The following is an article reprinted with permission from the upcoming Summer 2008 edition of The WWR Letter:
Vendor Credentials- High or Low Risk?
By: Sara Donnersbach, Esquire
Verifying a vendor’s credentials, as well as those of its principals, is essential before providing an outsider access to business assets, facilities and workforce. In today’s business environment, failing to screen and monitor a vendor can result in huge consequences. When choosing a vendor, look for the vendor that can not only solve today’s problem, but one that won’t increase or create problems by being a high risk vendor. Choose a vendor that will still be around next year.
Before hiring a company to provide goods and services, verify the prospective vendor’s performance, criminal record and financial standing. Failing to do so, and failing to monitor these things at future intervals, can result in fraud, unsatisfactory work and lost time and money.
When considering long-term needs, look at the stability of the vendor. For example, if the vendor company is a one-man-shop, there is essentially no stability. When considering team-based vendors, be mindful of their financial stability. Many service companies have cash-flow issues that can impact their customers. Ask prospective vendors for proof of their financial stability.
Another aspect of stability is turnover rate. On any given project, the vendor team members should rarely change. Re-teaming or starting with a new resource costs time and money, so turnover is extremely important. When reviewing prospective vendors and monitoring present vendors, ask for updated references and ask questions about turnover.
A final aspect of long-term stability is abandoned projects. Ask the prospective vendor about any projects that have ended badly or that were abandoned. Some will be forthcoming with information; however if told it has not happened, do some research when calling references.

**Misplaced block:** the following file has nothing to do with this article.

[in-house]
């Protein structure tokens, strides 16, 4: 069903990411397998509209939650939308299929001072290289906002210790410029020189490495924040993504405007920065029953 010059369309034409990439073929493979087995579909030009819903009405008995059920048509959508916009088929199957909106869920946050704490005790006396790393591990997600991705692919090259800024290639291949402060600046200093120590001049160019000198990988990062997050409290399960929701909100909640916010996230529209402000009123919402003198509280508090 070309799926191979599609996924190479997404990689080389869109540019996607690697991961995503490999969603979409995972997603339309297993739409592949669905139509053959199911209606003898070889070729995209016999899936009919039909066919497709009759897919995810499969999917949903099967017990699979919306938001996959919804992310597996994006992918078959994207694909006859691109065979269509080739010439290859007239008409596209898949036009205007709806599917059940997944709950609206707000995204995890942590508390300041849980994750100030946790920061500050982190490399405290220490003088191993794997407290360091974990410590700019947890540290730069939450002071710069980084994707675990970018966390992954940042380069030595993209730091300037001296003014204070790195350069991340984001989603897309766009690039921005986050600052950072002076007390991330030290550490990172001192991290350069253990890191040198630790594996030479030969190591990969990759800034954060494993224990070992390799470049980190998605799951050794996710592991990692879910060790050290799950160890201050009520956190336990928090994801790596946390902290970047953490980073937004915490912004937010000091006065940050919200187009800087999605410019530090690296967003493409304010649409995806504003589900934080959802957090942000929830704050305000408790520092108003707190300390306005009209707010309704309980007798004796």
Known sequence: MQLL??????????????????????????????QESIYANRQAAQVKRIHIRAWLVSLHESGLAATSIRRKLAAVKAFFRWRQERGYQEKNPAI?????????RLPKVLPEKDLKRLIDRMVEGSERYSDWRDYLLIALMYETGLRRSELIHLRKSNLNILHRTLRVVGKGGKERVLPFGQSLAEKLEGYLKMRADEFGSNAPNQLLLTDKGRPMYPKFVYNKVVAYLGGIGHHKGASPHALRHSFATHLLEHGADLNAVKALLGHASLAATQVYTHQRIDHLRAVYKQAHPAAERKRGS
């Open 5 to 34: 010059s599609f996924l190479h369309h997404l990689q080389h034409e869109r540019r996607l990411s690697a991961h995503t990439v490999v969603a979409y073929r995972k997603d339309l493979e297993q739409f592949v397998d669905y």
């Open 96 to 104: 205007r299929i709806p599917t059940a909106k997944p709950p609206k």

Key things to check for, from business vendors and their principals:
• Businesses: corporate status, financial and credit information, bankruptcy history and judgment record, insurance certificates, W9 tax documentation, licensing, government watch lists and conflicts of interest.
• Principals: Social Security number and identification verification, background check, credit history, professional licensing, government watch lists and conflicts of interest.
There are specific, measurable benefits to screening a prospective vendor and monitoring present vendors. Doing so provides more control and accountability. Vendors are encouraged to abide by set work and ethical standards. The review process provides the truth about a vendor’s and potential business partner’s capabilities, financial health and reputation. While there is an administrative cost, this process, too, can be outsourced.
Sara M. Donnersbach is a Partner in the Specialty Collections department of the Cleveland office. She oversees the Governmental Collections Practice Group, the Healthcare Practice Group and the Utility Service and Damage Claims Practice Group. She can be reached at (216) 685-1039 or firstname.lastname@example.org.